"Discover Cooking, Discuss Life."

Go Back   Discuss Cooking - Cooking Forums > General Cooking Information > Cookware and Accessories > Knives
Reply
 
Thread Tools Display Modes
 
Old 12-25-2012, 12:54 AM   #11
Senior Cook
 
Join Date: Aug 2012
Location: New Hampshire, USA
Posts: 160
Hmmmm

Now we're talking. And for a handle for one of the thicker rods maybe a bed post end or something like that from someplace. Just a vice and some careful drilling with a DeWalt or even a hand drill might do the trick.

Thanks for the tips. I've got those pages bookmarked now.
__________________

__________________
Stock Pot is offline   Reply With Quote
Old 12-25-2012, 12:01 PM   #12
Ogress Supreme
 
PrincessFiona60's Avatar
Site Administrator
 
Join Date: Jul 2009
Location: Wyoming
Posts: 36,306
Glad to help.
__________________

__________________
PrincessFiona60 is offline   Reply With Quote
Old 12-25-2012, 06:00 PM   #13
Head Chef
 
Rob Babcock's Avatar
 
Join Date: Dec 2004
Location: USA
Posts: 1,281
As the OP states, the only real purpose of a glass rod for knives is honing very hard knives (like 60 RC and harder). A glass rod isn't really all that useful for softer knives like those from Wusthof, Henckels, etc.
__________________
If we're not supposed to eat animals, then how come they're made out of meat?
Rob Babcock is offline   Reply With Quote
Old 12-26-2012, 05:43 PM   #14
Executive Chef
 
justplainbill's Avatar
 
Join Date: Jan 2007
Location: Eastern Long Island, New York
Posts: 4,206
Do the more expensive rods have a frosted finish?
__________________
justplainbill is offline   Reply With Quote
Old 12-26-2012, 08:12 PM   #15
Senior Cook
 
Join Date: Aug 2012
Location: New Hampshire, USA
Posts: 160
Frosted

I believe the Hand American professionally made model is frosted.

More and more I find myself reaching for my carbon steel knives and using my smooth butcher's steel on them. They go for months and months without needing any sharpening. I am beginning to think that greater RC hardness is not necessarily a virtue in kitchen knives. Also, two of those are the old fashioned french style (Thiers-Issard Sabatier chef knives) and I love using them. Same for my very inexpensive Old Hickory boning knife. Yes, you have to rinse them and dry them a lot or they'll tarnish and pit, and steel them a lot to keep them sharp, but none of that is any big deal to me.
__________________
Stock Pot is offline   Reply With Quote
Old 12-27-2012, 12:45 AM   #16
Head Chef
 
Rob Babcock's Avatar
 
Join Date: Dec 2004
Location: USA
Posts: 1,281
Many of those Sabatier knives are actually pretty hard. Hardness in a knife is neither here nor there really; in and of itself the RC doesn't say much. If it's very hard but not at all tough (brittle like a ceramic) then it's of limited usefulness. Very good steels that can be hardened to a high RC with superb toughness, such as M390, are staggeringly good in the kitchen. Every one of my personal favorite knives is at least 60 RC and all will hold up pretty well in a pro kitchen.

However, some harder ones aren't really all that great. Several of my coworkers have Shun knives and it seems they only keep a usable edge for a couple weeks to may a month or two depending on how they're treated. I just don't think VG-10 is a great kitchen knife steel.
__________________
If we're not supposed to eat animals, then how come they're made out of meat?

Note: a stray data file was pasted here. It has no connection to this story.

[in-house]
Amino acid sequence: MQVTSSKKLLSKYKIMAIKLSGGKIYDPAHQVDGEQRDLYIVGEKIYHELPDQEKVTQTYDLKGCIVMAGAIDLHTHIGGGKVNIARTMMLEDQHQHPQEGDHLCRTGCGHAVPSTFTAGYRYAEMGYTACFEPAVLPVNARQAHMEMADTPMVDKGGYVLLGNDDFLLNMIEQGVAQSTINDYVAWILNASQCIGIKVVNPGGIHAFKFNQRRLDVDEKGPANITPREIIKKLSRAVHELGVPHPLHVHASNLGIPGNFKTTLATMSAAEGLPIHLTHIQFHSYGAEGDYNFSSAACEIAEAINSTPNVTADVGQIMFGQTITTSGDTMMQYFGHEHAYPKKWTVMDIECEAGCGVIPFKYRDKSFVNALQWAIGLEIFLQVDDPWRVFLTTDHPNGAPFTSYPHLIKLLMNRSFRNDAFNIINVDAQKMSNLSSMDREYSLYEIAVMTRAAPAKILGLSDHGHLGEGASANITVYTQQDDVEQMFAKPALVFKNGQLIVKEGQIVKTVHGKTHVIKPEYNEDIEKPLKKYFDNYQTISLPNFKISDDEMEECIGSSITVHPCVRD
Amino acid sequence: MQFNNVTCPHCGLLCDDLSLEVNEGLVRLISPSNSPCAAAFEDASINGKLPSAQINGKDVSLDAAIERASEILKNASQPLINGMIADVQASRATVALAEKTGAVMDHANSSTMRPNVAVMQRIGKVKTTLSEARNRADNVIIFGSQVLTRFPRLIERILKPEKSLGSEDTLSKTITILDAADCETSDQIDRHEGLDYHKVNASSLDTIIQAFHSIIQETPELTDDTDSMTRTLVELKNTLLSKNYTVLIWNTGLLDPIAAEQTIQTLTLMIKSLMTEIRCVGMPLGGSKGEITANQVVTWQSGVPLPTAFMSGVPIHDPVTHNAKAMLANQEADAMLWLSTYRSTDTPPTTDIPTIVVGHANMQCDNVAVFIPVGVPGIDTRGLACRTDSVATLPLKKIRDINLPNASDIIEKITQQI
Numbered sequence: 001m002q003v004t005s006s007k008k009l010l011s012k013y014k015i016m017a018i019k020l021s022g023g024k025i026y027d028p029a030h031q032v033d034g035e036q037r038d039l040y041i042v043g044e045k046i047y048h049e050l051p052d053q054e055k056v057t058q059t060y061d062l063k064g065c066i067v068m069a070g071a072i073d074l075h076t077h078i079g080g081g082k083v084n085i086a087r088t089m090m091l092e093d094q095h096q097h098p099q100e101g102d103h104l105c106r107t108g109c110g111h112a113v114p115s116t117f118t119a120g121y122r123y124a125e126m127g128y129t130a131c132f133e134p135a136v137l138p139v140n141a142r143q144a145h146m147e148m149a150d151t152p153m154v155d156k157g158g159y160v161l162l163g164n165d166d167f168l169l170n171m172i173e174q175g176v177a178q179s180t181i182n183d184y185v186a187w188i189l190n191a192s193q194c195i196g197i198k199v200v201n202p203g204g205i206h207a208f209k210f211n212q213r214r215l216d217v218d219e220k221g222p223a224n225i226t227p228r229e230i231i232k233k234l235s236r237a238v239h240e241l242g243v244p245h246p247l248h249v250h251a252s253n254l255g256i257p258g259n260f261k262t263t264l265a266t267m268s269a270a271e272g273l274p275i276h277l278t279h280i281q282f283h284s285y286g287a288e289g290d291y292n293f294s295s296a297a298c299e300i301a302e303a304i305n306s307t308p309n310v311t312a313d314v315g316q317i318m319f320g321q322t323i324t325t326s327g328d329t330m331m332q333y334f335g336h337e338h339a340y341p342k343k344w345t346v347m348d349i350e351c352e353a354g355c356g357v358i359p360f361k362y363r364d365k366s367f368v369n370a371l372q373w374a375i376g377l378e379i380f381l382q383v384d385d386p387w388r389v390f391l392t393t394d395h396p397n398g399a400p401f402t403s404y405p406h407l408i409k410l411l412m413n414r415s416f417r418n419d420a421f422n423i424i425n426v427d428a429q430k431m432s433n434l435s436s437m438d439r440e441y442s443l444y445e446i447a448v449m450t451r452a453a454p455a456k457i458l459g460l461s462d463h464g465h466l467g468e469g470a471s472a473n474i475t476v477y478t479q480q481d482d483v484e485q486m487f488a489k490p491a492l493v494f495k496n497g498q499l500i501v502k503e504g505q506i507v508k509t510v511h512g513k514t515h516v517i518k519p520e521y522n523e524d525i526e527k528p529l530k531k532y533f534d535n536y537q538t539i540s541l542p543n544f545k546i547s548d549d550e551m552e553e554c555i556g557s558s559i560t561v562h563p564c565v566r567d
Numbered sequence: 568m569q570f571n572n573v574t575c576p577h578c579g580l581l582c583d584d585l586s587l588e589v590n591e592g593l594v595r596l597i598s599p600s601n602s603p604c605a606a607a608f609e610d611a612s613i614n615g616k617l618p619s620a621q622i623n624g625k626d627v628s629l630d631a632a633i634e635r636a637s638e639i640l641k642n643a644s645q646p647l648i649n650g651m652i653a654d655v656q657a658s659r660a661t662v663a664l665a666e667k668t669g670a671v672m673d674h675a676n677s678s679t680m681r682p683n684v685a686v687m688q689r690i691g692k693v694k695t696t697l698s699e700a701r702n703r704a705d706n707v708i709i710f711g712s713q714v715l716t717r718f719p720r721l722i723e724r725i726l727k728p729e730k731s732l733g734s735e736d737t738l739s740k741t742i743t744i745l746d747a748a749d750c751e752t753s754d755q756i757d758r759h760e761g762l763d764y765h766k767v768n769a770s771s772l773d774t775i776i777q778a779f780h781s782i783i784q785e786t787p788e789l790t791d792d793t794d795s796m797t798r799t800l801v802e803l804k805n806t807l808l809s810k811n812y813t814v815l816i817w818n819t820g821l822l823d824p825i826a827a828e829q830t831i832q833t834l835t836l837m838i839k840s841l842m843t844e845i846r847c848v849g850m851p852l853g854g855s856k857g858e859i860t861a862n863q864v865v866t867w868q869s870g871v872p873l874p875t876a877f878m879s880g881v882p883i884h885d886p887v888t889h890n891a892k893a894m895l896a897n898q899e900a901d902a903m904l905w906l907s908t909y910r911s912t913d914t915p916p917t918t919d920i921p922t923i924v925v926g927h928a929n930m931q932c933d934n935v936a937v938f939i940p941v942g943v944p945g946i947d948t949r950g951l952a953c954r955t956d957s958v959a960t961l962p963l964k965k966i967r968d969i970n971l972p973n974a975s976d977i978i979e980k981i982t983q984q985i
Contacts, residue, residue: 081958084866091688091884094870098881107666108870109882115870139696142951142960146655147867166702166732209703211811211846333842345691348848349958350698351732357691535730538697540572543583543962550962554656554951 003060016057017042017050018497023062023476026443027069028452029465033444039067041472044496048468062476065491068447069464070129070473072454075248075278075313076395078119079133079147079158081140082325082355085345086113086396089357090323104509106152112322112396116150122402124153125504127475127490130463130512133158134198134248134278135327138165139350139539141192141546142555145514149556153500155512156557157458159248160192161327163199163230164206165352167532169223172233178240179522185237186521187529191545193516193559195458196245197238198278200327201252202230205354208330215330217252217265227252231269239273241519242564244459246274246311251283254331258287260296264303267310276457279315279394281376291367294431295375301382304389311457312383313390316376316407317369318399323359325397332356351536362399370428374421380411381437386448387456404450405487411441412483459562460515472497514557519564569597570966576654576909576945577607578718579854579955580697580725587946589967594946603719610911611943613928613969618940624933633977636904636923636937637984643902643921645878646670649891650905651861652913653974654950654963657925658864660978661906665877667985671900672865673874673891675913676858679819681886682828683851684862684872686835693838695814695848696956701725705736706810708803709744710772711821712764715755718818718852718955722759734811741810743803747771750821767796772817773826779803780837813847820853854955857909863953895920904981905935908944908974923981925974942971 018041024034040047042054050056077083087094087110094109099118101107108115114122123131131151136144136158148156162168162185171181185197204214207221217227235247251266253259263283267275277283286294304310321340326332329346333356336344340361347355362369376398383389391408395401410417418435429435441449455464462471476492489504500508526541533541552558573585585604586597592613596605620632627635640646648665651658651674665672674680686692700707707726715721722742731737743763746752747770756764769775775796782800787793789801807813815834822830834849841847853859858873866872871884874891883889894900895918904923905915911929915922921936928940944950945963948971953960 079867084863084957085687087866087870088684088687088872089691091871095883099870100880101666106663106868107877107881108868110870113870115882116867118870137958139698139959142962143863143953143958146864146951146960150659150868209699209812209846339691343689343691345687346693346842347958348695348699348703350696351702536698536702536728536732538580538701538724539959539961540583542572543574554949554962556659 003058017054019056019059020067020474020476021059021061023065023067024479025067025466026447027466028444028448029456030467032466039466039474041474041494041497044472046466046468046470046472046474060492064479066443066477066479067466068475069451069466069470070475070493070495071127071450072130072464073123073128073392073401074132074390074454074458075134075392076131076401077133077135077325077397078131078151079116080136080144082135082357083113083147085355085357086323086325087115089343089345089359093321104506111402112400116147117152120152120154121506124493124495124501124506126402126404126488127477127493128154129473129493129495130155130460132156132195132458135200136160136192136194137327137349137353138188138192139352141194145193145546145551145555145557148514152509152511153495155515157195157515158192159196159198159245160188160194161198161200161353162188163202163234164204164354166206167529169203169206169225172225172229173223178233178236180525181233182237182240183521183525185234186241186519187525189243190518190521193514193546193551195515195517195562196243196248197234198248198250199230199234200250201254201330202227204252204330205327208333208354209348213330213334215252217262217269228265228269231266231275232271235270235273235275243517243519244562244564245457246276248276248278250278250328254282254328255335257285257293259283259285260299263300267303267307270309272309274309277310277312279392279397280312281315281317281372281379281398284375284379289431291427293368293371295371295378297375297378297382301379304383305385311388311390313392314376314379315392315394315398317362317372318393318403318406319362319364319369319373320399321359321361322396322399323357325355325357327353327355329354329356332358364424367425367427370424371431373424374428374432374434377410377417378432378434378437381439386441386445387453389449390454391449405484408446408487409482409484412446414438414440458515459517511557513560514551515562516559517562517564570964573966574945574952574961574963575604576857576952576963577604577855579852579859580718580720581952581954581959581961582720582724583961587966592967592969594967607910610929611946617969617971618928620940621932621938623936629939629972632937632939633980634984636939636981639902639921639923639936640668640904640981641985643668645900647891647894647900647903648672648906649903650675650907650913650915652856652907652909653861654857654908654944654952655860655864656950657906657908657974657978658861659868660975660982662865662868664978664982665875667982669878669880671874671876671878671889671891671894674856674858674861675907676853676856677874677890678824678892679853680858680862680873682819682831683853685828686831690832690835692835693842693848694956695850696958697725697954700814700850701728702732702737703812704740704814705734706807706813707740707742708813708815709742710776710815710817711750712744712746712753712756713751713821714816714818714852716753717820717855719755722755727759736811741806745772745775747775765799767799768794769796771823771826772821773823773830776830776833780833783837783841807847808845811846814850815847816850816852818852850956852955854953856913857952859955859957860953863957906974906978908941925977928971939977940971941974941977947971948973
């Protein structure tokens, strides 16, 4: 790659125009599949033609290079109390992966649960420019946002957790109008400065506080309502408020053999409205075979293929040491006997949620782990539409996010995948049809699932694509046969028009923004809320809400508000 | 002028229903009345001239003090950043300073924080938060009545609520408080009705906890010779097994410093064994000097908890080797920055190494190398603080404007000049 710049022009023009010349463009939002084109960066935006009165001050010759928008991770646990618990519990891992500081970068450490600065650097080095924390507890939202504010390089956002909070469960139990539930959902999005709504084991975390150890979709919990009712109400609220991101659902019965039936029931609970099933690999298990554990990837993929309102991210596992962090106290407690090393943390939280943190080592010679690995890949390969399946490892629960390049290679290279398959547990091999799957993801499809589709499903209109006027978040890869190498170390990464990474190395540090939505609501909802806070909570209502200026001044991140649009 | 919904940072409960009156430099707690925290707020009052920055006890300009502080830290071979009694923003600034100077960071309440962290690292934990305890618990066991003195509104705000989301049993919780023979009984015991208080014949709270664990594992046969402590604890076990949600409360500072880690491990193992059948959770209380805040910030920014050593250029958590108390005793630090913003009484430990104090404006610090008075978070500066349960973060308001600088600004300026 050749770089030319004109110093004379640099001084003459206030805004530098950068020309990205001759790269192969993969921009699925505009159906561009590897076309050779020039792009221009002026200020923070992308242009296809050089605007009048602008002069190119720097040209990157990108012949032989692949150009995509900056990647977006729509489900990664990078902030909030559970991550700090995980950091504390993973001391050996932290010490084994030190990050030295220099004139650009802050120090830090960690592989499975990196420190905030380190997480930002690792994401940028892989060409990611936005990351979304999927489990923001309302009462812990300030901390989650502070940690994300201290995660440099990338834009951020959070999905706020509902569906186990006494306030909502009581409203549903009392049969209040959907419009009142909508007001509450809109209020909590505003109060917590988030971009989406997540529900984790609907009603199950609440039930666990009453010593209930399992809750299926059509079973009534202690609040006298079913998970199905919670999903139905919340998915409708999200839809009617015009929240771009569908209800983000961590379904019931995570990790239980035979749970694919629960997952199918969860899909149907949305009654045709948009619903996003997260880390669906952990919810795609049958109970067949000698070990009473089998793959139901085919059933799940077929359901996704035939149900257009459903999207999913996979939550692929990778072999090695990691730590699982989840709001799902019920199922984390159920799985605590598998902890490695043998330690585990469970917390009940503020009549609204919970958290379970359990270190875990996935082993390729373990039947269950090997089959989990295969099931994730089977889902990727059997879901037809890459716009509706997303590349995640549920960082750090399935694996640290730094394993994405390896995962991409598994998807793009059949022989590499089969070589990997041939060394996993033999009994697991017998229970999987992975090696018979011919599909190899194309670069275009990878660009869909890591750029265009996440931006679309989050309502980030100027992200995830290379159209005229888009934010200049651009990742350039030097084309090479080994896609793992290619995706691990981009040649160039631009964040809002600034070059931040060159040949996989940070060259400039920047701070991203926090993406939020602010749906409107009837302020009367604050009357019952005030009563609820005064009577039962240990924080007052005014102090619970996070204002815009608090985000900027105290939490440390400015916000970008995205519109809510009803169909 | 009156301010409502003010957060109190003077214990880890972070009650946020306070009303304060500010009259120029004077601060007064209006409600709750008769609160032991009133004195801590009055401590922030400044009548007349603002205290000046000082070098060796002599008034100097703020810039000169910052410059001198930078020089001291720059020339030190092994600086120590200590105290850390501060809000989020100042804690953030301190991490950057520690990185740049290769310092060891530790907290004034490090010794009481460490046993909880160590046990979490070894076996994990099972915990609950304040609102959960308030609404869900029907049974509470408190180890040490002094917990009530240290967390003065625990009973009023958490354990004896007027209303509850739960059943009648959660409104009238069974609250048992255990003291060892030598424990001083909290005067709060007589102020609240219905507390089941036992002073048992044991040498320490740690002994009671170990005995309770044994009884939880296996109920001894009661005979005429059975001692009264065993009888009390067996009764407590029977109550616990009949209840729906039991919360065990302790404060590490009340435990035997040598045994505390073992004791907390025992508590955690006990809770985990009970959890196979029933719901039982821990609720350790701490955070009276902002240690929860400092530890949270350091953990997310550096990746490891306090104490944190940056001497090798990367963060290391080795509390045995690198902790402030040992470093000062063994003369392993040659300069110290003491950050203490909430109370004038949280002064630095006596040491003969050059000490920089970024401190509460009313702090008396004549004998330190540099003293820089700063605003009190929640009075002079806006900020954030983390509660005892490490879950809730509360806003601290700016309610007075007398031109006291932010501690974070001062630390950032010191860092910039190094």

Rob Babcock is offline   Reply With Quote
Old 01-03-2013, 04:26 PM   #17
Senior Cook
 
Join Date: Aug 2012
Location: New Hampshire, USA
Posts: 160
Ceramic

The larger diameter borosilicate rod project ran into snags when the supplier that PincessFiona told me about informed me that I would need a torch to cut through it. So I went with Plan B- a ceramic sharpening rod. Yes, I know they take off a little bit of metal, but it really doesn't amount to much. It seems perfect for occasional use on the High- RC Japanese knives and also for occasional use on everything else in between regular steelings. First impressions: very good, very useful new sharpening thing for my arsenal.
__________________
Stock Pot is offline   Reply With Quote
Old 01-03-2013, 09:27 PM   #18
Ogress Supreme
 
PrincessFiona60's Avatar
Site Administrator
 
Join Date: Jul 2009
Location: Wyoming
Posts: 36,306
Well...at least now you know!
__________________
PrincessFiona60 is offline   Reply With Quote
Old 01-04-2013, 10:07 AM   #19
Senior Cook
 
Join Date: Aug 2012
Location: New Hampshire, USA
Posts: 160
Yep. I'm glad I looked into it. Now I can be happy with my ceramic alternative. Lots of interesting hard to find items on that page, btw.
__________________

__________________
Stock Pot is offline   Reply With Quote
Reply

Thread Tools
Display Modes

Posting Rules
You may not post new threads
You may not post replies
You may not post attachments
You may not edit your posts

BB code is On
Smilies are On
[IMG] code is On
HTML code is Off
Trackbacks are Off
Pingbacks are Off
Refbacks are Off



» Discuss Cooking on Facebook

Our Communities

Our communities encompass many different hobbies and interests, but each one is built on friendly, intelligent membership.

» More about our Communities

Automotive Communities

Our Automotive communities encompass many different makes and models. From U.S. domestics to European Saloons.

» More about our Automotive Communities

Marine Communities

Our Marine websites focus on Cruising and Sailing Vessels, including forums and the largest cruising Wiki project on the web today.

» More about our Marine Communities


Copyright 2002- Social Knowledge, LLC All Rights Reserved.

All times are GMT -5. The time now is 01:50 PM.


Powered by vBulletin® Version 3.8.8 Beta 4
Copyright ©2000 - 2016, Jelsoft Enterprises Ltd.